By: Mayra Ramirez LAUSD Journal | http://bit.ly/HUsdNy
Posted: April 19, 2012 :: A terrible toothache. Bad asthma. Out-of-control diabetes. These and other health issues that go untreated can keep students out of school, in some cases, for days at a time. Of course, parents and guardians want to help their child, but lack of health insurance, an inability to pay, time off from work or transportation hurdles can prolong the illness. This delay in care often results in more lost days of school.
To address these obstacles to learning, Wellness Centers are being built on 13 school campuses, making a range of treatments available for an increasing number of students and families in the Los Angeles Unified School District (LAUSD) who will no longer have to do without. These Wellness Centers will offer preventive physical, mental and oral health, which 27 percent of LAUSD’s uninsured students’ lack. They will also provide more than 65,000 healthcare visits annually to students and through school-linked programs and partnerships.
“Students and parents are often burdened with the academic impact health issues like asthma, diabetes, a toothache, or obesity,” said Maryjane Puffer, Executive Director of the Trust of the LAUSD. “When these issues are left untreated, not only do they affect the student’s health but it keeps the child away from learning, sometimes for days. This year, the Wellness Centers will help target those concerns and reach a larger number of students and their families.”
New Wellness Centers are scheduled to open on campuses throughout the District this summer and fall.
The Los Angeles Trust for Children’s Health (L.A. Trust), an independent nonprofit organization originally created by the LAUSD, has worked in consort with LAUSD Facilities, Student Health and Human Services and community clinic partners to develop new facilities for use by the school communities in and around Belmont HS, Carson HS, Crenshaw HS, Fremont HS, Garfield HS, Gage MS, Hollywood HS, Jefferson HS, Jordan HS, Locke Early Education Center, Manual Arts HS, Monroe HS, and Washington Preparatory HS.. With joint-use facilities bond funds totaling $29 million approved by the LAUSD Board of Education in 2008, these model health centers will serve students, families and communities. The Wellness Centers, in collaboration with parent centers, student engagement, partnerships and schools, seek to lower absenteeism related to illness by December 2015.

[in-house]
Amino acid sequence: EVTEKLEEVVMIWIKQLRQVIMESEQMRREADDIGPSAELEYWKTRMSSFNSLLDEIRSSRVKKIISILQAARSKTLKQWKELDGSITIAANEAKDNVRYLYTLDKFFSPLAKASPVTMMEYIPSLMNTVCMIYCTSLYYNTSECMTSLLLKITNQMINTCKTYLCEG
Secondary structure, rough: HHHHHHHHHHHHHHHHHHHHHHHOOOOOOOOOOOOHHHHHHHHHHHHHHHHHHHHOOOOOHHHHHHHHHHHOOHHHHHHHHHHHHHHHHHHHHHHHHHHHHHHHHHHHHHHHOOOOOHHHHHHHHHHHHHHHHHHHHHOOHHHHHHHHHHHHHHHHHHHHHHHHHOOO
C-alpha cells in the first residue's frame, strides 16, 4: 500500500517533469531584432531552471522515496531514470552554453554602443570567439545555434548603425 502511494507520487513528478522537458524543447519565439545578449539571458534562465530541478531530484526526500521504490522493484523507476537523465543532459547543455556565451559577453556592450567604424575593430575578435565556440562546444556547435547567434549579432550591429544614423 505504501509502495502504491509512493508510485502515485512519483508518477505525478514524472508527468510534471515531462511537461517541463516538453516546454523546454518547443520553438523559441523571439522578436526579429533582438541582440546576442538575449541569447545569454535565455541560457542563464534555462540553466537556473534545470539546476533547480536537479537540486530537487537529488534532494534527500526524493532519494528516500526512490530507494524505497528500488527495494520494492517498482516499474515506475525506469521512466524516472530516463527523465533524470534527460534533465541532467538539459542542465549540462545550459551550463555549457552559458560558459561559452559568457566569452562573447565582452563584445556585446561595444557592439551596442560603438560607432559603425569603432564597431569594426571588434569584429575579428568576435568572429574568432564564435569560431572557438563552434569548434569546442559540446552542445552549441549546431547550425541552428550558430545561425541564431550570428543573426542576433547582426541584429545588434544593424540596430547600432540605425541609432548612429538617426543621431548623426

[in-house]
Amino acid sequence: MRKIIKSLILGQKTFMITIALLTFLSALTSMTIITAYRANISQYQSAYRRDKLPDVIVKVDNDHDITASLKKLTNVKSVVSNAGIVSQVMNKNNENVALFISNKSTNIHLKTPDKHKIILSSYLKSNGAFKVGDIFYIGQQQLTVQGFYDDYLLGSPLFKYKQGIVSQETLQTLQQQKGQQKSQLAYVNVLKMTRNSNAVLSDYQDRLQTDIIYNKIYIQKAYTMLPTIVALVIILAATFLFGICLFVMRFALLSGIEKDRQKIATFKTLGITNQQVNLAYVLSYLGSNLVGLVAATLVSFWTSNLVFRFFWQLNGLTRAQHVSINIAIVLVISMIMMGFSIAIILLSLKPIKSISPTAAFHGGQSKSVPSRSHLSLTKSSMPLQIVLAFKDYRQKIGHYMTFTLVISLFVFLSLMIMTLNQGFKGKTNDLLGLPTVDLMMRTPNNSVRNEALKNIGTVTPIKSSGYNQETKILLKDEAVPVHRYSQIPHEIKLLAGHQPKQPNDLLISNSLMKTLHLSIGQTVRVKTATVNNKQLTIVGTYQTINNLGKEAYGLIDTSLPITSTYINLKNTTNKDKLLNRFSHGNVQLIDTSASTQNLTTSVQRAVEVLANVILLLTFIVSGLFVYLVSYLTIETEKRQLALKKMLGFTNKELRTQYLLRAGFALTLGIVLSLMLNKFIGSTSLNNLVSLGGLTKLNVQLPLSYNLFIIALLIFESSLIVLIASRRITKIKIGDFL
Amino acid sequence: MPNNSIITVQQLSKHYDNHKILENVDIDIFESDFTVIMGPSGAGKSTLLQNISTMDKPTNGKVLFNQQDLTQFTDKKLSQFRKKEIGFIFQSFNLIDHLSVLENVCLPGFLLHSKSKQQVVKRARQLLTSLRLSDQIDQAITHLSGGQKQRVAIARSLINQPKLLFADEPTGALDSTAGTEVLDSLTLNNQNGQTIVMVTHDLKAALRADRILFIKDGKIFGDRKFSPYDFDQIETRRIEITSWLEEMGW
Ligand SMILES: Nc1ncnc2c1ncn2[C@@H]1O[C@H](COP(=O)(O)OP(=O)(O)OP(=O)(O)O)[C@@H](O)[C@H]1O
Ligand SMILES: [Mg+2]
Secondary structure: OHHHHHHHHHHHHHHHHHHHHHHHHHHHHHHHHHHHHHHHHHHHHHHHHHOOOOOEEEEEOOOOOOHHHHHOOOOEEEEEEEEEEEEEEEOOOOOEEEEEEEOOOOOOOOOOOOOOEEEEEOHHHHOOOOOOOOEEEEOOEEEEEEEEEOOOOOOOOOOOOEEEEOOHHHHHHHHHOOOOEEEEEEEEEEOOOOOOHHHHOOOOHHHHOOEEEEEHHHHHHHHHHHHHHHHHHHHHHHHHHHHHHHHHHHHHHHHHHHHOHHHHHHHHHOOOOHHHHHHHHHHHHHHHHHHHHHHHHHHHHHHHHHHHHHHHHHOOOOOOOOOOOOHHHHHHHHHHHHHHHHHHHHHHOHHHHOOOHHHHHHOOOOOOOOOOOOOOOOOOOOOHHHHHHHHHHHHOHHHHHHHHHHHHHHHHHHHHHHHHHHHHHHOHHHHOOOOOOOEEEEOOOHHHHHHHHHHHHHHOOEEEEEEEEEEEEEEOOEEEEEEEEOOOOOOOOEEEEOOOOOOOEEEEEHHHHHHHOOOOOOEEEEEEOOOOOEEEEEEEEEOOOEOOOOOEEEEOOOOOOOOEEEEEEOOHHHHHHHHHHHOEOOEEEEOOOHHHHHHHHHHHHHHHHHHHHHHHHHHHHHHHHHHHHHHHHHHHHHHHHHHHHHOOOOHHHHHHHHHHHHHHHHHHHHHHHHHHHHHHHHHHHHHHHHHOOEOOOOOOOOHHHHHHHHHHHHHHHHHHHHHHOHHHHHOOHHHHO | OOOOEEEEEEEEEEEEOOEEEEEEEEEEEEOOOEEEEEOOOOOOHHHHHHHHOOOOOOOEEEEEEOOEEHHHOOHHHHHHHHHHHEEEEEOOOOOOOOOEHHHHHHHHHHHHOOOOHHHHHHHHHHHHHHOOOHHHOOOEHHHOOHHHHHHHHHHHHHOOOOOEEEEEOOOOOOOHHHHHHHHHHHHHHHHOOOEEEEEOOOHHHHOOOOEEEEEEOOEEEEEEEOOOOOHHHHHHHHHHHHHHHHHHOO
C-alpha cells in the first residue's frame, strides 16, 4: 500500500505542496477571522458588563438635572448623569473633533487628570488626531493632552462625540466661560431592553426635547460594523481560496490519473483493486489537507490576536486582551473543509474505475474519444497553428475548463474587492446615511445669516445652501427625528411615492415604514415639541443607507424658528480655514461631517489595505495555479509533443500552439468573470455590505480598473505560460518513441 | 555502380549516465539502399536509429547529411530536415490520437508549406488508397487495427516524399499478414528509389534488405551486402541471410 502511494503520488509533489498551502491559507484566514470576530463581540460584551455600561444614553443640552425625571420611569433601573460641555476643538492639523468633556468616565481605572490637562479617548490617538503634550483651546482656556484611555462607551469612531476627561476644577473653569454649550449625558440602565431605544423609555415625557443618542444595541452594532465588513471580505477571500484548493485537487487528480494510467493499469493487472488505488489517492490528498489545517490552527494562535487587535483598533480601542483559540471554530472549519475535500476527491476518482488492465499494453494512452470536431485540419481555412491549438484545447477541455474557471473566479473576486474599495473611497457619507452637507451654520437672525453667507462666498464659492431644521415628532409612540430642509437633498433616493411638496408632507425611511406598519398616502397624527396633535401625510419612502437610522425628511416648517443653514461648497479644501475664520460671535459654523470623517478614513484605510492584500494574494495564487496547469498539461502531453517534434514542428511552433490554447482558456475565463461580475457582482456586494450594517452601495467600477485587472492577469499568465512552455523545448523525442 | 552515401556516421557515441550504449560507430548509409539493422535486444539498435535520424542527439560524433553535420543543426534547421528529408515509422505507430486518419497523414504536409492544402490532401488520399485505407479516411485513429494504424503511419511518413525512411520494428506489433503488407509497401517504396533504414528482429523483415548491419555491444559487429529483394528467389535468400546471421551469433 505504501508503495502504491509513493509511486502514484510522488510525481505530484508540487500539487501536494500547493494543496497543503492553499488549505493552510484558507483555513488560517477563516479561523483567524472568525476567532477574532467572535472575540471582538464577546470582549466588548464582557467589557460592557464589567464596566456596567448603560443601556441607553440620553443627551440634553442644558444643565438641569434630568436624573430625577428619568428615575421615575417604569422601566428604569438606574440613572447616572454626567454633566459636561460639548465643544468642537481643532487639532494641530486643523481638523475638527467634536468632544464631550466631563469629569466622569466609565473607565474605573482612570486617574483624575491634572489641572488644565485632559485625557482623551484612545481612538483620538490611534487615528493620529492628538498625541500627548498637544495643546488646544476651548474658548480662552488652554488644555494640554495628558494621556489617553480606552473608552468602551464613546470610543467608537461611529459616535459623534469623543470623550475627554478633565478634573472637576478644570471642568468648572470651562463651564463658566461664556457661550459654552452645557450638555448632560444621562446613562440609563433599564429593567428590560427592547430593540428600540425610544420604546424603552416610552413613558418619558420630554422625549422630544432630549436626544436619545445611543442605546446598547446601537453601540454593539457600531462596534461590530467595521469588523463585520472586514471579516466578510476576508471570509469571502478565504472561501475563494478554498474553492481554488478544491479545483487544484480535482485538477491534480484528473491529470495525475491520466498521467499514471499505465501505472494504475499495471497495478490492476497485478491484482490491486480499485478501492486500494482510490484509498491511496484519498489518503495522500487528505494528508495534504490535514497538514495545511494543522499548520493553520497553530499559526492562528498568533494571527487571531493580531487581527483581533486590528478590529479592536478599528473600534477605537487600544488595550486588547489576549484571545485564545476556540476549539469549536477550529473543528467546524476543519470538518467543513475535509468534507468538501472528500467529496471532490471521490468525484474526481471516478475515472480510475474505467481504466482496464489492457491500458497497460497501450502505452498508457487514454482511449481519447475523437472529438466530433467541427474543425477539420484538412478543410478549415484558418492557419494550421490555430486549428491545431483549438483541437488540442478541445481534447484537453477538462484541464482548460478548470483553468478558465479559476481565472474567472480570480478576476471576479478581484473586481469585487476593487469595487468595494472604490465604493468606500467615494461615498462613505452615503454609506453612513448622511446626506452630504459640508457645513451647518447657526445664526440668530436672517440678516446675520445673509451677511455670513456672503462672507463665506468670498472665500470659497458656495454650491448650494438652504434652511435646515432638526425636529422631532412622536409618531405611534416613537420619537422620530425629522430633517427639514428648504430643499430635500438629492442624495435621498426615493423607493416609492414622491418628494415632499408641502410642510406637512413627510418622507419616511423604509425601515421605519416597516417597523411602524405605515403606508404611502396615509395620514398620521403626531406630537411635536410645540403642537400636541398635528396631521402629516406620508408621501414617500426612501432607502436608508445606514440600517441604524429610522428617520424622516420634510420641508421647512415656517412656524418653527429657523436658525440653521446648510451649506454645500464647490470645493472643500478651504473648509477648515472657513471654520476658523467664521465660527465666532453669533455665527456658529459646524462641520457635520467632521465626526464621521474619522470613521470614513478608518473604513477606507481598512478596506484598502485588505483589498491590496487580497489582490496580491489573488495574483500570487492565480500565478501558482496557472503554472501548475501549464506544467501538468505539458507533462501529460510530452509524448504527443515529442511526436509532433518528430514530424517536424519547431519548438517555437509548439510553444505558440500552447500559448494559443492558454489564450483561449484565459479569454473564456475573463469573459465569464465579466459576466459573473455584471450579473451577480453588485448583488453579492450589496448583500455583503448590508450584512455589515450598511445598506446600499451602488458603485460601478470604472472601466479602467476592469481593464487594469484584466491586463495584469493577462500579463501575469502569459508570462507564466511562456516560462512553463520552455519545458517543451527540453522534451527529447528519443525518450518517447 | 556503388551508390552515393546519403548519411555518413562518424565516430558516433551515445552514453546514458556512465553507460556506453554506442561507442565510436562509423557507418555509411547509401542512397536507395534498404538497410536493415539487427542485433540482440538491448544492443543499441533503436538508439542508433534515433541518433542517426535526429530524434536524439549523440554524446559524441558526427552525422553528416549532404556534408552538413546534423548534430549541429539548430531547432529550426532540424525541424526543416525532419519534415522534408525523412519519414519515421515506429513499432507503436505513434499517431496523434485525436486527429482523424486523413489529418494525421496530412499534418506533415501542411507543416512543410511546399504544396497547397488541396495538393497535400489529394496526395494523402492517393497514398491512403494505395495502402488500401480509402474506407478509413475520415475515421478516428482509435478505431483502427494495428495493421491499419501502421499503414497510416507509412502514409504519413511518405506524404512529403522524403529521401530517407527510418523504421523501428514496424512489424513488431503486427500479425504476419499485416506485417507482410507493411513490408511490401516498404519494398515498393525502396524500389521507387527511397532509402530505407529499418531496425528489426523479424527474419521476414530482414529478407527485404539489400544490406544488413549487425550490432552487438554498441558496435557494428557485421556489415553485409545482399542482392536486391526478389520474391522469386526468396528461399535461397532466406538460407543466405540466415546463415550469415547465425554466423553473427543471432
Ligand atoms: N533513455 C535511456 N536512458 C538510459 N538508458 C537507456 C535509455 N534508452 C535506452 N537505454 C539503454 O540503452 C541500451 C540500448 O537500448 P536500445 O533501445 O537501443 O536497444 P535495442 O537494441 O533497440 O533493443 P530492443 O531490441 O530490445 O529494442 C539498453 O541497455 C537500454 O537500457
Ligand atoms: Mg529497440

LAUSD has a long history of supporting school-based health centers (SBHCs), including the operation of over a dozen SBHCs by Student Health and Human Services personnel (doctors, nurses and mental health professionals). Over the past 20 years, there have been greater partnerships with outside operators, such as hospitals, community clinics, and LA County Department of Health.
Support from non-profits like the L.A. Trust has helped all operators provide services, including medical equipment, start-up funding, and technical assistance. The L.A. Trust led three dynamic Learning Symposia, bringing school and clinic leadership together to formalize mutual goals and operations for the Wellness Center this year and will continue convening partners through the next phase of implementation. LAUSD, the L.A. Trust and partners see the new Wellness Centers as the “next generation” of SBHCs—they will provide a more robust support system for the community at large. The Wellness Center clinic partners are: Asian Pacific Health Care Ventures, Inc., St. John’s Well Child and Family Center, South Central Family Health Center, Northeast Community Clinics, Watts Health Care Corporation, Bienvenidos, UMMA Clinic, Saban Clinic, T.H.E. Clinic and Valley Community Clinic.
The vision for the Wellness Centers is to serve all students, their families and the community where they have easy access: the neighborhood school. By bringing services to the campus they provide convenient, culturally competent, and community-focused care that works to keep students in school. Each Wellness Center will leverage partnerships with other partners, such as parent centers, promotora programs, student leadership councils, small learning communities, afterschool programs, and social services to change the health of the community. Exercise and nutrition programs, sexual health education for students and parents, and career pathway programs are all core components of the larger Wellness Networks.
“We must all work together toward wellness, not only treatment of disease, but prevention and education” said Puffer. “We want to let the community know that schools are not only where you take your kids to learn but also a place where they can get the services and support that they need; and the same for their parents. With nearly 650,000 students enrolled in LAUSD schools, this is about the future of Los Angeles.”